It should go without saying that in so far as it is necessary for you to provide a definition of the subject in your argument, you and I may be understood as not talking about the same thing, ie. your counterargument relies on an equivocation.
In any case, your own argument regarding entropy is correct only to the extent which the glass is treated as a system-in-itself, as the Second Law of Thermodynamics allows decreases in entropy in systems which are not isolated, ie. as one system among many systems, that is as one object among many objects. This functions through the displacement of entropy from one system, the silica and other ingredients, into others, like the air, as part of the forging process. However, this all partakes of a human, object-oriented perspective.
When this perspective is discarded, what is left is the relationship between All-Things, eg. the universe, which from the perspective of the Second Law of Thermodynamics is an isolated system, it's own nature being all encompassing. As required by the Second Law of Thermodynamics, such an isolated system can only increase in entropy, meaning that for the purposes of your definition, there is only Destruction without Creation, and the appearance that Creation has occurred is an illusion produced by the particulars of the human cognition.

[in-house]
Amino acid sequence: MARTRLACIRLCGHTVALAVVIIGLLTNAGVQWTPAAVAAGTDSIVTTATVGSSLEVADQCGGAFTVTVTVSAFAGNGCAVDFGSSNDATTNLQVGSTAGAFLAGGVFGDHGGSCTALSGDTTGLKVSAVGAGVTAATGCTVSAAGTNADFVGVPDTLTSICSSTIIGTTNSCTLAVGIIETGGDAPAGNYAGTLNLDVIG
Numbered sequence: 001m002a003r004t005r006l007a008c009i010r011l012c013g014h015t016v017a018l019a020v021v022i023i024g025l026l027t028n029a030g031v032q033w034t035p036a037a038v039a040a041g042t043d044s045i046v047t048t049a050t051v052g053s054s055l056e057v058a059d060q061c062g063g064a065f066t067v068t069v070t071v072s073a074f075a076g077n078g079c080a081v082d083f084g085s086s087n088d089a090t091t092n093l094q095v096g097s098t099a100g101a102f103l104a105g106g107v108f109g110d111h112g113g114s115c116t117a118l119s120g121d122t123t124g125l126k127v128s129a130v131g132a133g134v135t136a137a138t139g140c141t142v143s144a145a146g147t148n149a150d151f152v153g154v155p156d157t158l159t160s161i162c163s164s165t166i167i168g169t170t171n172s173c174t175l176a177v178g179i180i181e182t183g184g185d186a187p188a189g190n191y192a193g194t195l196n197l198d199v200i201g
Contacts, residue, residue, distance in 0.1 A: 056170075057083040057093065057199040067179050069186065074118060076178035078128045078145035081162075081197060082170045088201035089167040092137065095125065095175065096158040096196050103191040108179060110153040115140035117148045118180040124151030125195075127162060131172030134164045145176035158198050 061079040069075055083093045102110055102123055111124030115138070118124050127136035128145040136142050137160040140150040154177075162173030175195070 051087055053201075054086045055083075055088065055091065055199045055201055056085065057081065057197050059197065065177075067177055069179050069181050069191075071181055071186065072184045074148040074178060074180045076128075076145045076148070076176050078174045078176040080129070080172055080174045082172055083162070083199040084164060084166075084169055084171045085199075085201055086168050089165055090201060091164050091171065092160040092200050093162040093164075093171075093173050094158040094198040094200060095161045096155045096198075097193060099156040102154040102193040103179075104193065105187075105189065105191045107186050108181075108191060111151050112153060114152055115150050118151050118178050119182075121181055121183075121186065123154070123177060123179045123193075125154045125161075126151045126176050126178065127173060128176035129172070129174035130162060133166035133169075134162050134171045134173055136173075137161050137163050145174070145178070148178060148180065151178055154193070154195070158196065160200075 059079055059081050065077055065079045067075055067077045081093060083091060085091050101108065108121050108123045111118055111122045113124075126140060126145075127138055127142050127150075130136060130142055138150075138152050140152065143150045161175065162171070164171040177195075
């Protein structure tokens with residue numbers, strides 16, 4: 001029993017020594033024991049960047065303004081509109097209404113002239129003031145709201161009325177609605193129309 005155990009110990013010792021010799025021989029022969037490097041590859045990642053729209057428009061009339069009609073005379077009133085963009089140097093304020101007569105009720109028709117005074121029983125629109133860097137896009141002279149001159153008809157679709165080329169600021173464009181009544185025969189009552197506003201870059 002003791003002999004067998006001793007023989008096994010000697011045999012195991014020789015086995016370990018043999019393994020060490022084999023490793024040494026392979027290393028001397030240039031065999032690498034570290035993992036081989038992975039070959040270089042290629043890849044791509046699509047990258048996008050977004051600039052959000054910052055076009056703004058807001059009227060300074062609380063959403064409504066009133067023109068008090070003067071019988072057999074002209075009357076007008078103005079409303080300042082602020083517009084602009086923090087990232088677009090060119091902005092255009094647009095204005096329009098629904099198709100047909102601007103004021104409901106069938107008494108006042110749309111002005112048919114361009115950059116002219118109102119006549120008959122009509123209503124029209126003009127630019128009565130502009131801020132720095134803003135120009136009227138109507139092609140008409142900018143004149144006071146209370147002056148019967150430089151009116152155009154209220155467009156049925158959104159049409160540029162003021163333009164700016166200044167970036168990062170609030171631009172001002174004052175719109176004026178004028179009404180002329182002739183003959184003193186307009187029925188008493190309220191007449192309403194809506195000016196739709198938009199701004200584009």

However, the moment that we understand Creation as illusory, it ceases to be a thing with which Destruction can engage in a material binary relationship, ie. one outside of destruction as the truth of the lie of creation. The entropy of All-Things increases, uninterrupted and unabated, making Destruction simply the name for the movement of All-Things.
At this point, your Destruction becomes just another word for my Change,
"Things change, but they are never created or destroyed."
And the extent to which you can perceive things as contrary to this is the extent to which you engage with the glass as a thing-unto-itself,
"Because they look and see a world filled with the appearance of things, they mark the comings and goings of these appearances as beginnings and endings, in turn creations and destructions."